function::backtrace - Linux


function::backtrace captures the stack trace of the current function and provides a human-readable representation of it. It can be useful for debugging purposes, especially in complex applications with multiple function calls.


function::backtrace [--demangle] [--as-tree] [--native]


  • --demangle: Demangles symbol names for better readability.
  • --as-tree: Outputs the stack trace as a tree for easier visualization.
  • --native: Ignores JIT transformations (available only in certain contexts).


Simple Example

$ function::backtrace
# Traceback (most recent call first):
#   <function_name>
#   <function_name>
#   <function_name>

Output as a Tree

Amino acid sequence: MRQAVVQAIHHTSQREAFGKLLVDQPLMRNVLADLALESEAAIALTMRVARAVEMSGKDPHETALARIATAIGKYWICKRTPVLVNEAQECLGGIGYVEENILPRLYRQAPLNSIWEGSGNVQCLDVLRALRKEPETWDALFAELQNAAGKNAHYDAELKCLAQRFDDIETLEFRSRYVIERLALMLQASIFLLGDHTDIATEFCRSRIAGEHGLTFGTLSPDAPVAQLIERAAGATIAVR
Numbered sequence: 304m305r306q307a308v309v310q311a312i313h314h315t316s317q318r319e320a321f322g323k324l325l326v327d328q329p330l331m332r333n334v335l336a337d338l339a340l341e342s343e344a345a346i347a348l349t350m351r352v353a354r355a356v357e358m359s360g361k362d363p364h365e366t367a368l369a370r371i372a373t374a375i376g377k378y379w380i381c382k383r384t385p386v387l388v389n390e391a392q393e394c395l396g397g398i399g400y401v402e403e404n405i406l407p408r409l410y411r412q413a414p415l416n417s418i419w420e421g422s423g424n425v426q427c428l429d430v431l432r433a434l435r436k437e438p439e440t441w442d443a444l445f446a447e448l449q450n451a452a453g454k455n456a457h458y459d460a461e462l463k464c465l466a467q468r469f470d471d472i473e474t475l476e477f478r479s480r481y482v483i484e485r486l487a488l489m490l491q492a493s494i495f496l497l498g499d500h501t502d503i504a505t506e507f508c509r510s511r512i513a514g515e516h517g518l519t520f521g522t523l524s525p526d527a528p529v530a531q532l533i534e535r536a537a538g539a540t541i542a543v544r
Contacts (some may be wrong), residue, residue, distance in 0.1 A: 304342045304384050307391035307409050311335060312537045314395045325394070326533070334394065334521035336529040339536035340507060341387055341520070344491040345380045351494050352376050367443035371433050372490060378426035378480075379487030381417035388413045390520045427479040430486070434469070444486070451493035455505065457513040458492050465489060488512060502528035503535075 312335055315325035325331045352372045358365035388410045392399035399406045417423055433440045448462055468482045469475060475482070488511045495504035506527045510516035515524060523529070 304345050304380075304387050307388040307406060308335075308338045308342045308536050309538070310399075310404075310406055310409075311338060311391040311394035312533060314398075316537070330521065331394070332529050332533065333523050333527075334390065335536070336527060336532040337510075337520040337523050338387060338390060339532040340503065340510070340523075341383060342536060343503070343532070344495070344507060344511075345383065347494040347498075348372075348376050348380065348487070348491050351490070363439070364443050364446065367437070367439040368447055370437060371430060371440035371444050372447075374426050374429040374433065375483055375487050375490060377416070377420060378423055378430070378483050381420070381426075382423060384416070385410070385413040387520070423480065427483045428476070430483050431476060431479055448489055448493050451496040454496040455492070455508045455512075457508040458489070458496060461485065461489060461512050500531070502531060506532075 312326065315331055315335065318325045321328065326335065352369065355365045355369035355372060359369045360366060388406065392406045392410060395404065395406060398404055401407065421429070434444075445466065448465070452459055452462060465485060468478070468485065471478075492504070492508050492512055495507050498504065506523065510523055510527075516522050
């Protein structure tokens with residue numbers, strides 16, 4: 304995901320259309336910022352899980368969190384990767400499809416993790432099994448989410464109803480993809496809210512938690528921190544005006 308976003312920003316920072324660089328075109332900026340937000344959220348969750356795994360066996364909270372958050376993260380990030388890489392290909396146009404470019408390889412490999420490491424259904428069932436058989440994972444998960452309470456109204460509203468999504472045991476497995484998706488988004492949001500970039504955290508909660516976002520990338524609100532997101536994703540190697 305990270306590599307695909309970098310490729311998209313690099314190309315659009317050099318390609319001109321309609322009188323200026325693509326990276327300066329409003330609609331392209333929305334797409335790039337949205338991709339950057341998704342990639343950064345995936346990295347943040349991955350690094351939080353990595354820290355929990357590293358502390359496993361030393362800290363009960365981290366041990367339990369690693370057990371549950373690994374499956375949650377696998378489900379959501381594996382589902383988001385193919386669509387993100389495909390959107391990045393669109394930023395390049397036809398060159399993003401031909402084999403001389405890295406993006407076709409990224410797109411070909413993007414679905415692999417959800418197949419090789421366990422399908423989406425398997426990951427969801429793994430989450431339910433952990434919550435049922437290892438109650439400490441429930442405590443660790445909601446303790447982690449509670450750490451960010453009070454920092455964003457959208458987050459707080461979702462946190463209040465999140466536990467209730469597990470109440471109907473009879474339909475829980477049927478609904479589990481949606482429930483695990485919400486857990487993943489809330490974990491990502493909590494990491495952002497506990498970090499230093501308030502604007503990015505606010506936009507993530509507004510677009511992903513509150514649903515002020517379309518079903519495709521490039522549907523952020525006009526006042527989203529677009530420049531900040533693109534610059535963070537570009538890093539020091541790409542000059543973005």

$ function::backtrace --as-tree
├─ <function_name>
│  ├─ <function_name>
│  └─ <function_name>
└─ <function_name>

Demangle Symbol Names

$ function::backtrace --demangle
# Traceback (most recent call first):
#   main
#   function_name
#   function_name

Common Issues

  • Mismatched Stack Trace: If the stack trace is incomplete or incorrect, ensure you are using the correct executable or binary.

  • JIT Transformations: In certain environments, JIT transformations may alter the stack trace. Use --native to ignore these.


function::backtrace can be integrated with other commands for more advanced debugging:

# Print the stack trace and output it to a file
function::backtrace --as-tree > stack_trace.txt

# Use grep to filter the stack trace for specific keywords
function::backtrace | grep "function_name"

Related Commands

  • gdb: A graphical debugger for C++ and other languages.
  • lldb: A debugger for LLVM-based languages.
  • strace: Traces system calls and signals.